Studying local politics is an eye-opening experience

Getting involved in politics and voting has been very interesting and eye opening. I’m not sure I would have taken the time to research candidates or study the ballot, if it weren’t for this job (blogging for Idaho Education News). Because all of my kids are in school, I have moments of free time during the day when I can sit at my computer (in peace) and learn. I am sorry that I didn’t educate myself sooner. Understanding voting and researching candidates is not nearly as difficult or boring as I thought it would be. I hope that my blog will encourage and inspire others, like me, to learn more and vote with confidence.

This week I furthered my education in politics, by going to a social hour and listening to a debate.

Social Hour: On Tuesday I attended a social hour for Go Lead, a non-profit organization that encourages women to become leaders. I attended the event because I support the mission and because the guest speaker, Betsy Russell, was speaking about the importance of becoming an informed voter. She shared some very interesting statistics about voters and voting. She said that less than a quarter of registered voters, actually get out and vote. Less than a quarter, wow. That means that the people who are in local office are chosen by a very small percentage of the population. Betsy encouraged the audience to get informed and seek information about the candidates from several sources (The Idaho Statesman, KTVB and Idaho Education News). She encouraged voters to go out and ask the candidates questions. Questions like, “why are you running for office,” and “what do you hope to accomplish?” I left the event with an even greater desire to learn all that I can about those running for office.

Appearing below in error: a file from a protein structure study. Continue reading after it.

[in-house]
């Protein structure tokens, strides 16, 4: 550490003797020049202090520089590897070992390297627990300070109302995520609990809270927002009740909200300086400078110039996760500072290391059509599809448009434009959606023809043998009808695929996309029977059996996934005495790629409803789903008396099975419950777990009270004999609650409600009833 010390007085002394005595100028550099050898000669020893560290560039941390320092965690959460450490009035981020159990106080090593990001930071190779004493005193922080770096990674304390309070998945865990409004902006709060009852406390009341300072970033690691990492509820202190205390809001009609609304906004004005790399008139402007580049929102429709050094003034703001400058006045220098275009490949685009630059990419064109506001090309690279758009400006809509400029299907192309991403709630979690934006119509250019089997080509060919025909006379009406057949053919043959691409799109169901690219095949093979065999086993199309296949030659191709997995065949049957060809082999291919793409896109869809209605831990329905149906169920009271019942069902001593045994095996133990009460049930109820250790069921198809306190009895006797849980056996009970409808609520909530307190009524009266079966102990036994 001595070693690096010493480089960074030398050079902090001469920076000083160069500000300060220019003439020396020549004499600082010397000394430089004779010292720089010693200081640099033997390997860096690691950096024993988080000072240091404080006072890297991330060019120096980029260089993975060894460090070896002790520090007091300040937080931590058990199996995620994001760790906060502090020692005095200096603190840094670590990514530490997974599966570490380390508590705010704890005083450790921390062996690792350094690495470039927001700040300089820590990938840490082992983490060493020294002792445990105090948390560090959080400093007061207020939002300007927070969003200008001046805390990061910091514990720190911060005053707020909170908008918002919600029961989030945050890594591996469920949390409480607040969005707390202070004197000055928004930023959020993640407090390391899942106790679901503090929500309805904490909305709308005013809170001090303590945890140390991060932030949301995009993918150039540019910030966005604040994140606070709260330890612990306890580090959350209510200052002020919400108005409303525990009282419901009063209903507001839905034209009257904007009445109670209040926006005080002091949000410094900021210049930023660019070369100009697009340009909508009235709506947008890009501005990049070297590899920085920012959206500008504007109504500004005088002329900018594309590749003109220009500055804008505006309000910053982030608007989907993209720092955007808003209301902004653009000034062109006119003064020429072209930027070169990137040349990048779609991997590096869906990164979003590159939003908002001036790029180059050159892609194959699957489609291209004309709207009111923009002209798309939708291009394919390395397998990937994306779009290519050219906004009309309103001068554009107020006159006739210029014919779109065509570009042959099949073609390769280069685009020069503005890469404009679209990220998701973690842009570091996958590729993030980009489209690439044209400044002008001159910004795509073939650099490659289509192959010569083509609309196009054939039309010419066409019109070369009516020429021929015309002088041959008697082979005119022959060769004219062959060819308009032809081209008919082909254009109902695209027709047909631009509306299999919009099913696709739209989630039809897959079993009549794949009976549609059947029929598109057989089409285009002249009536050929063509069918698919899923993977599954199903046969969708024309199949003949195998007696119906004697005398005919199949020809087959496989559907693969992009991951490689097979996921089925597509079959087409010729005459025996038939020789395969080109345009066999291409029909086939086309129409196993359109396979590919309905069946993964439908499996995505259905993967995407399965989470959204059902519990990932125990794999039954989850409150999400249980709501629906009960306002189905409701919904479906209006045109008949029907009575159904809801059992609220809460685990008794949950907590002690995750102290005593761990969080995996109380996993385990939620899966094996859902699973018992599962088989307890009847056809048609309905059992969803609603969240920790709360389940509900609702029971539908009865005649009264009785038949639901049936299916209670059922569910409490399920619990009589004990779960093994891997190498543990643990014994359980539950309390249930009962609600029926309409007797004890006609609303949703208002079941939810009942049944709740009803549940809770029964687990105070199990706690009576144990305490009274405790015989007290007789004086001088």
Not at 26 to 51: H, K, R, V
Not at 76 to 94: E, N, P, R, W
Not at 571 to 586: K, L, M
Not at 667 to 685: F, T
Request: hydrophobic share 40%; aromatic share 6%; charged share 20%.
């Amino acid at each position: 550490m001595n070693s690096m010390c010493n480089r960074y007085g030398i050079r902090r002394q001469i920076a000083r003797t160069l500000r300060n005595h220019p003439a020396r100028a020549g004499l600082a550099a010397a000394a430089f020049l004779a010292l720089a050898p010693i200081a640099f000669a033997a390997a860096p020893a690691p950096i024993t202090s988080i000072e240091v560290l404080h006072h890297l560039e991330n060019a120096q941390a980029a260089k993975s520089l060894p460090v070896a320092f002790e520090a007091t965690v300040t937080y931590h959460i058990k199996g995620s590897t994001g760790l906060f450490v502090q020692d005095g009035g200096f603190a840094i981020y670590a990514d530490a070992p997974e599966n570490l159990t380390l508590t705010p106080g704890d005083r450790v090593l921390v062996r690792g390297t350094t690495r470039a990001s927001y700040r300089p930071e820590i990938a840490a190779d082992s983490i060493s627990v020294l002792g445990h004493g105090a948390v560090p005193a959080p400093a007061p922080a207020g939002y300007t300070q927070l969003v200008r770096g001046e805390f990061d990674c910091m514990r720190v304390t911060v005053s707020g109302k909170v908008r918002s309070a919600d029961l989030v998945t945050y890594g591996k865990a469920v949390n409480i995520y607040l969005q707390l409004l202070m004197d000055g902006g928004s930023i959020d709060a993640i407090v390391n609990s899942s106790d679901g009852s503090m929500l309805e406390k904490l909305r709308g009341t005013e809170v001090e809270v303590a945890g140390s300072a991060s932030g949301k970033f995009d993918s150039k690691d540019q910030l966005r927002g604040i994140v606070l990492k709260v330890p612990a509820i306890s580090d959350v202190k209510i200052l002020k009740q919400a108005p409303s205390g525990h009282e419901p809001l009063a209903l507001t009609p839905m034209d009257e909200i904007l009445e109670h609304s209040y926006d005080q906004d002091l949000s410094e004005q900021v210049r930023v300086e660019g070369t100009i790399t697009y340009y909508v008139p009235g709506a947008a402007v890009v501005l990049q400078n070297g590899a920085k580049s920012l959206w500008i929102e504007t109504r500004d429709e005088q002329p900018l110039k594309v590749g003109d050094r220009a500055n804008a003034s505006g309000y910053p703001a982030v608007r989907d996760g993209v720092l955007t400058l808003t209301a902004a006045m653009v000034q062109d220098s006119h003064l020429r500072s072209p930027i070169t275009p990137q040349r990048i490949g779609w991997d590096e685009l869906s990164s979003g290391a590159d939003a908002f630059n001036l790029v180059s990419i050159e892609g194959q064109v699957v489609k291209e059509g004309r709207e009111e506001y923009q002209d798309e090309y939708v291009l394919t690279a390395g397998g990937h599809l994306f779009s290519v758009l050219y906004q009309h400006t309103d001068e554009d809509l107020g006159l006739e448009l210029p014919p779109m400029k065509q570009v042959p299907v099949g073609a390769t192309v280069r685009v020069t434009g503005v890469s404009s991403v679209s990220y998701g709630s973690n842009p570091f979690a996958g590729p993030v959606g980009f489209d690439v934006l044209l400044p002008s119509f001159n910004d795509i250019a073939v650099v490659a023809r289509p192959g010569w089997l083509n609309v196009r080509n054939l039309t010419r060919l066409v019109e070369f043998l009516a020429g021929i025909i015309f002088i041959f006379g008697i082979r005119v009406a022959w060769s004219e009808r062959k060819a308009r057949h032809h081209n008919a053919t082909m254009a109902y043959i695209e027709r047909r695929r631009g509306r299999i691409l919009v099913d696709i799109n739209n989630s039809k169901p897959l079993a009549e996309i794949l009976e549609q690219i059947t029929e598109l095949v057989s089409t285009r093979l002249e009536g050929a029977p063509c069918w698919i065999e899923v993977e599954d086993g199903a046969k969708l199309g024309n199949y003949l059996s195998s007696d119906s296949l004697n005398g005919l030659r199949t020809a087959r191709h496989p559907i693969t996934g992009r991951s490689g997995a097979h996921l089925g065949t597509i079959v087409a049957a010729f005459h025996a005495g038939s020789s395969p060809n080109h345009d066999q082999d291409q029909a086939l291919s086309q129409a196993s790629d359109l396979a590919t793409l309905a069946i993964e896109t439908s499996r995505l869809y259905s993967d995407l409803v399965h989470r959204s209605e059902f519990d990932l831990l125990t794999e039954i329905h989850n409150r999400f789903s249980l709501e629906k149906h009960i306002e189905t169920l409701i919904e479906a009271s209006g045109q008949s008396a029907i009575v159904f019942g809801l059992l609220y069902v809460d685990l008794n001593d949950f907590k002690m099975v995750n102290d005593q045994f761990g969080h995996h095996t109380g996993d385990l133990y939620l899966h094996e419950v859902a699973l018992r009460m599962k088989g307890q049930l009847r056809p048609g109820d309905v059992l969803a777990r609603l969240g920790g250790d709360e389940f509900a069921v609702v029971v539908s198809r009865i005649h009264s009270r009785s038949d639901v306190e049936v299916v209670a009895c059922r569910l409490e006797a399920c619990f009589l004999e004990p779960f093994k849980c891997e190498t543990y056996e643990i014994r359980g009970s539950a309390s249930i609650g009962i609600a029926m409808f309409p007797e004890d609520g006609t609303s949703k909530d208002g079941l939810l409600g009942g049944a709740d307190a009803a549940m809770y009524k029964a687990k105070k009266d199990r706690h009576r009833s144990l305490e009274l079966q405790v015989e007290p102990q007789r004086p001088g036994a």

Debate: I was not able to attend the superintendents debate at Boise State University, because it was at the same time as the social hour. I knew that it would be recorded and posted on Idaho Education News’ Facebook page, so I watched the video of the debate.  It was long (over an hour), but very informative.

Before I watched the video, I did not know very much about the candidates: Sherri Ybarra (R), Jeff Dillon (R), Cindy Wilson (D) or Allen Humble (D). I wasn’t even sure who I wanted to vote for. Watching the debate helped me better understand the goals and passions of those running for office. Ybarra was not able to attend the event, so I still need to make an effort to learn more about her.

The debate was super interesting. The candidates were each given opportunities to discuss their platform and vision for the job of superintendent. They were asked several questions — questions about school safety, the CTE program in rural schools, the 60 percent graduation goal, and bullying, just to mention a few.

If you feel passionate about education, or any of these topics, listen to the debate, research online, and ask questions. It will help you to decide who you want to vote for. It has for me.  

Melanie Flake

Melanie Flake

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